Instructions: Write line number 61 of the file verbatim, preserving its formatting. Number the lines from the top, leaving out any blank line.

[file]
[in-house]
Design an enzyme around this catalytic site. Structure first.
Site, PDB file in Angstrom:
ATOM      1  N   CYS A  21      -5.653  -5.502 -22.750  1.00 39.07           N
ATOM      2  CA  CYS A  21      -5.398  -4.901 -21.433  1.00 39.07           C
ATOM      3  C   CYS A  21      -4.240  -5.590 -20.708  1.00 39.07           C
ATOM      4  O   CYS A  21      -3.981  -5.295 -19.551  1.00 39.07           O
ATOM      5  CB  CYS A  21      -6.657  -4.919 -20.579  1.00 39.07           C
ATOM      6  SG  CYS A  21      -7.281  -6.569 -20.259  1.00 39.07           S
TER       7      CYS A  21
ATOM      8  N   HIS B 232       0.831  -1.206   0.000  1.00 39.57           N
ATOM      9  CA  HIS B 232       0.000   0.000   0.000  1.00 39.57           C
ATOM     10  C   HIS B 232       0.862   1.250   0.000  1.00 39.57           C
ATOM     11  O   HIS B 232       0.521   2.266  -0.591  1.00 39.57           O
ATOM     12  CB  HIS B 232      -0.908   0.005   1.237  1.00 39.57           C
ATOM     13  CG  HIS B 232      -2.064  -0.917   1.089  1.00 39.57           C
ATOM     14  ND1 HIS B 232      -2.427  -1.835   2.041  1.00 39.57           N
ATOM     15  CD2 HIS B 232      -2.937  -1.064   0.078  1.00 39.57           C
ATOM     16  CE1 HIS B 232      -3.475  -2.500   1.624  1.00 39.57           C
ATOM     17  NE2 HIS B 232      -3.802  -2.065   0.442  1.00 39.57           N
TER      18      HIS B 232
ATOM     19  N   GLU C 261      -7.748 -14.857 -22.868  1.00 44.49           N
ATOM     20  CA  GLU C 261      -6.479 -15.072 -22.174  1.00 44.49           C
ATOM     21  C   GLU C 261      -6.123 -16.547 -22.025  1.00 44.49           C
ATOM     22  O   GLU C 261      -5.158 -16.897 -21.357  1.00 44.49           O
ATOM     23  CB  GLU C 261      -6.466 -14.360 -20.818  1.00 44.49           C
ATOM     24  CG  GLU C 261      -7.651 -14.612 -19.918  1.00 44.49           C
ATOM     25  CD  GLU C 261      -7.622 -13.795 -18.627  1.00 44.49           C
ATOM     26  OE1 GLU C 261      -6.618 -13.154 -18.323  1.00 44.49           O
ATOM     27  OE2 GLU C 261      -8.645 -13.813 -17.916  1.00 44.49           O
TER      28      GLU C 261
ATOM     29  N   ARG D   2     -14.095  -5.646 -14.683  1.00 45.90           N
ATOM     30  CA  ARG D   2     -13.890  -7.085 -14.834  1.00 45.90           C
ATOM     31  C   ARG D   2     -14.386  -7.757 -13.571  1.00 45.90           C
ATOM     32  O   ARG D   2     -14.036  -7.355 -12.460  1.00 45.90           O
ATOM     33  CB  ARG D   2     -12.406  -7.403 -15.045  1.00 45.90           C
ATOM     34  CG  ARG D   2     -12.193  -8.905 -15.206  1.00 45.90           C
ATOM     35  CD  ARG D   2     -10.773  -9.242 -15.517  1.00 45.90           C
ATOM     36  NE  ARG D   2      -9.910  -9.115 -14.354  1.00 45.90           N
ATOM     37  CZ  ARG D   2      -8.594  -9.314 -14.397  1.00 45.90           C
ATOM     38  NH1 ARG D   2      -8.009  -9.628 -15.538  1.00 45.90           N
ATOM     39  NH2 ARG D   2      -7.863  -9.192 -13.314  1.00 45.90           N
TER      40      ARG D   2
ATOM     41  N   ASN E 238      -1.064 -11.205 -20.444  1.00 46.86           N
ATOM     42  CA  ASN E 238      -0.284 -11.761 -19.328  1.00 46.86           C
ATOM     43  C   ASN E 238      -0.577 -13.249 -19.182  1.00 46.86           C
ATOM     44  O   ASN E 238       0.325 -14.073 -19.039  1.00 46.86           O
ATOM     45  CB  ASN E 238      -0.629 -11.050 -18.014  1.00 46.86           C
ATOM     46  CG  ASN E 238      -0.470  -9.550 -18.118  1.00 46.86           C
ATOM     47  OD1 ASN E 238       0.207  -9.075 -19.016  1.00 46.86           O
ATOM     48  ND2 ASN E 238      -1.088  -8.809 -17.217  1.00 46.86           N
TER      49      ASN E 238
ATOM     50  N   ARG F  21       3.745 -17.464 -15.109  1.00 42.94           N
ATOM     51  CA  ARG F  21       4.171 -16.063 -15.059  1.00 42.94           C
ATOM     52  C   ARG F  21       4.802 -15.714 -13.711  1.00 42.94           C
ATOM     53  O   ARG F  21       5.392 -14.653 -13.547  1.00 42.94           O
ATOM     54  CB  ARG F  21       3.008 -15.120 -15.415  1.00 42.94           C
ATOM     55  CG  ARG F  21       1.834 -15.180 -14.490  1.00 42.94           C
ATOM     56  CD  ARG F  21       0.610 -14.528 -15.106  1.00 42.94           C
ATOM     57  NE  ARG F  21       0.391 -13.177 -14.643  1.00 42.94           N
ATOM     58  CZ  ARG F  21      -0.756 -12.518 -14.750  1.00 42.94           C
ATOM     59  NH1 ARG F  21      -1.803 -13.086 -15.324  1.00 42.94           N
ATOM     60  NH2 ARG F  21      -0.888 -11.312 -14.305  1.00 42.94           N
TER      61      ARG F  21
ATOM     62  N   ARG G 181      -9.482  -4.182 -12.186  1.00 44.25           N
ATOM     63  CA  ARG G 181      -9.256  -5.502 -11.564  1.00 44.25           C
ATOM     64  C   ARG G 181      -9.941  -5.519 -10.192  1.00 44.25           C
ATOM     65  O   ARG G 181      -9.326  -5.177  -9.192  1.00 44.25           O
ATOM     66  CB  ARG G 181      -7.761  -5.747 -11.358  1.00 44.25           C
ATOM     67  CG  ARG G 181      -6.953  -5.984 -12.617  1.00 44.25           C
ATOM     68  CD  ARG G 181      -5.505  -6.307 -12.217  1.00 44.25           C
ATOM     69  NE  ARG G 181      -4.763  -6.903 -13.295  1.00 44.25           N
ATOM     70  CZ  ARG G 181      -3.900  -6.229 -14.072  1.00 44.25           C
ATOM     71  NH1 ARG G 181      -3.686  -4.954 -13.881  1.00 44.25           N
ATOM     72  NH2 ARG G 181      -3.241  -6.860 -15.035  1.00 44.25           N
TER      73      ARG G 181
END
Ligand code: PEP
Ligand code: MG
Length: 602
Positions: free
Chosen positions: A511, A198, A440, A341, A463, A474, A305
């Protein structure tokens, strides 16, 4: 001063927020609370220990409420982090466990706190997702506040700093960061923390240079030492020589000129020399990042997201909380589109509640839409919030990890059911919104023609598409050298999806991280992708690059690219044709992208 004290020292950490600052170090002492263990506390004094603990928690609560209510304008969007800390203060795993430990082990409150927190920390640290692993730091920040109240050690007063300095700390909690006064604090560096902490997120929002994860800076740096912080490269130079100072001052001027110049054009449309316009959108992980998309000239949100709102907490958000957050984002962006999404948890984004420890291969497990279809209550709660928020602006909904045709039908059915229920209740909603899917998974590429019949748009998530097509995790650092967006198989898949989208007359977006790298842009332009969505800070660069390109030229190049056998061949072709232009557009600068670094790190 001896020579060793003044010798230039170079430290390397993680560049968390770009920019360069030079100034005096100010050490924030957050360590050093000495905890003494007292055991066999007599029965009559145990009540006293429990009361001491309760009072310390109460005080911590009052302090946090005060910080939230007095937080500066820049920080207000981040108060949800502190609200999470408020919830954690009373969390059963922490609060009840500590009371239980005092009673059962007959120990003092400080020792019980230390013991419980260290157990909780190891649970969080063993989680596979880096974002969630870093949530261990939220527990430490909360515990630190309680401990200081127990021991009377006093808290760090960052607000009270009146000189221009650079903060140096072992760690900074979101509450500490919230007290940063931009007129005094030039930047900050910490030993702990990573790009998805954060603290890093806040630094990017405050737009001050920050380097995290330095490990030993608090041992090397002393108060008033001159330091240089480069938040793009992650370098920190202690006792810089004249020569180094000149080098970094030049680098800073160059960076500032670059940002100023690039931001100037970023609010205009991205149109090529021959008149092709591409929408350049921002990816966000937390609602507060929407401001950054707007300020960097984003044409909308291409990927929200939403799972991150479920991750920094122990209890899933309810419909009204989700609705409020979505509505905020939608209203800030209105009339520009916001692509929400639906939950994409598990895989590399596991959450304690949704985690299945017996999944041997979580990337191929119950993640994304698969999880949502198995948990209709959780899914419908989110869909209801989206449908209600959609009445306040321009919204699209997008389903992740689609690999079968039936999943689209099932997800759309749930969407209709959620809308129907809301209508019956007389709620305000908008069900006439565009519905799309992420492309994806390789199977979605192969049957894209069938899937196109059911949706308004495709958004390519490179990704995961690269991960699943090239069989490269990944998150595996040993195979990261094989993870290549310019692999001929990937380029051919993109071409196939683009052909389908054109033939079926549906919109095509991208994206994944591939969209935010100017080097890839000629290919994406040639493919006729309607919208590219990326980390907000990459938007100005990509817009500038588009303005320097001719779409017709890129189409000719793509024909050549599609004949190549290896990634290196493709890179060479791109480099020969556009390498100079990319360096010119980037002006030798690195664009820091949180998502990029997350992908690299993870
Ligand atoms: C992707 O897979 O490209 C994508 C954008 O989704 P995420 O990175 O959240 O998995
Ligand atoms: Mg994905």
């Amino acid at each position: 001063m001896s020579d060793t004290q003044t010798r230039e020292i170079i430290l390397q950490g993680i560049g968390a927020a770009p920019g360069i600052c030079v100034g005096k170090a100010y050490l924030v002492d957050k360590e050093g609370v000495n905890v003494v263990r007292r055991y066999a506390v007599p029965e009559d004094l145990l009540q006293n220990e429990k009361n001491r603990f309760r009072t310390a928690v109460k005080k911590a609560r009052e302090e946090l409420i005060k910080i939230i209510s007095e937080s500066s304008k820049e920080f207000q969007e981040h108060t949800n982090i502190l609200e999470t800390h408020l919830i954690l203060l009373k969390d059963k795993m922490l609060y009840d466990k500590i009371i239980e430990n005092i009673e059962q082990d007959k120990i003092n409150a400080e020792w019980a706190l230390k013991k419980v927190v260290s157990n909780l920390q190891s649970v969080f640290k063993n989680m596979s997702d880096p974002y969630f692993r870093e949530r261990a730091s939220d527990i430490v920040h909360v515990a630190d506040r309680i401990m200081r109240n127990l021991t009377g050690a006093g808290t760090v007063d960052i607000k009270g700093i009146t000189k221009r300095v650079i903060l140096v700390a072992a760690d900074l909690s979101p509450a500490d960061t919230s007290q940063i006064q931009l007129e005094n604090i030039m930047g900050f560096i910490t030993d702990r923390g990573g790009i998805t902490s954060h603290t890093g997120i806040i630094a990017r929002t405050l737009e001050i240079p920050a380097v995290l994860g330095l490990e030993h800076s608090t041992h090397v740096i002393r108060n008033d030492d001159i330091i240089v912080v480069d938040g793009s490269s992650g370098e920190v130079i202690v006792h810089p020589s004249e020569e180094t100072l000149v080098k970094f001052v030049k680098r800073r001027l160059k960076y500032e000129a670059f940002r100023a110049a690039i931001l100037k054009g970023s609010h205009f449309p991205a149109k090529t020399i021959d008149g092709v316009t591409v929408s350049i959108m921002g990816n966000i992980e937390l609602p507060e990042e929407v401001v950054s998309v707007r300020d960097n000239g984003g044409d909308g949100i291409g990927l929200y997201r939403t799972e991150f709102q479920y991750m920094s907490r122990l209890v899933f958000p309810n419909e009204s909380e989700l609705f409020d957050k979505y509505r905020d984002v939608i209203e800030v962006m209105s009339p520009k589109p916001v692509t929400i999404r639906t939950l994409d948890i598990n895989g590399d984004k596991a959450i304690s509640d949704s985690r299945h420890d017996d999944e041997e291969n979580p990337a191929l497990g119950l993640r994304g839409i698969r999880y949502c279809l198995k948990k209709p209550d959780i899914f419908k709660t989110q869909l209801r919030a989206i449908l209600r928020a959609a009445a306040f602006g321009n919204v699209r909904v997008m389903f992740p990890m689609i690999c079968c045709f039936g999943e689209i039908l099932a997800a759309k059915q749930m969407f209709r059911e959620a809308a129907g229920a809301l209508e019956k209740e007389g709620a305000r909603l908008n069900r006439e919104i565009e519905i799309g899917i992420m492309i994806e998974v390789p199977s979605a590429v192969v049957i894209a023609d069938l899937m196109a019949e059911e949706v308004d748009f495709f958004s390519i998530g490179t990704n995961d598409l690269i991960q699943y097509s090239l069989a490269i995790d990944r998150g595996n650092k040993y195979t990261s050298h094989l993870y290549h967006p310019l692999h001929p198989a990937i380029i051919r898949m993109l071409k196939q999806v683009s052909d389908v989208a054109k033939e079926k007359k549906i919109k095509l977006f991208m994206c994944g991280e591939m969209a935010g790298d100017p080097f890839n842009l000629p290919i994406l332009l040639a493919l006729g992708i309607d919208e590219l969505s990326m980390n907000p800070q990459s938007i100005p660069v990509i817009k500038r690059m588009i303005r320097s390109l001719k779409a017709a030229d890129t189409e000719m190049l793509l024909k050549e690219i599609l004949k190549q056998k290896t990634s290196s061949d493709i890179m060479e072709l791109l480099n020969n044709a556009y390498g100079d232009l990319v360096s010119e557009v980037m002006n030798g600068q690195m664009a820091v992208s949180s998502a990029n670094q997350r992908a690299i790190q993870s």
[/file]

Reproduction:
ATOM     58  CZ  ARG F  21      -0.756 -12.518 -14.750  1.00 42.94           C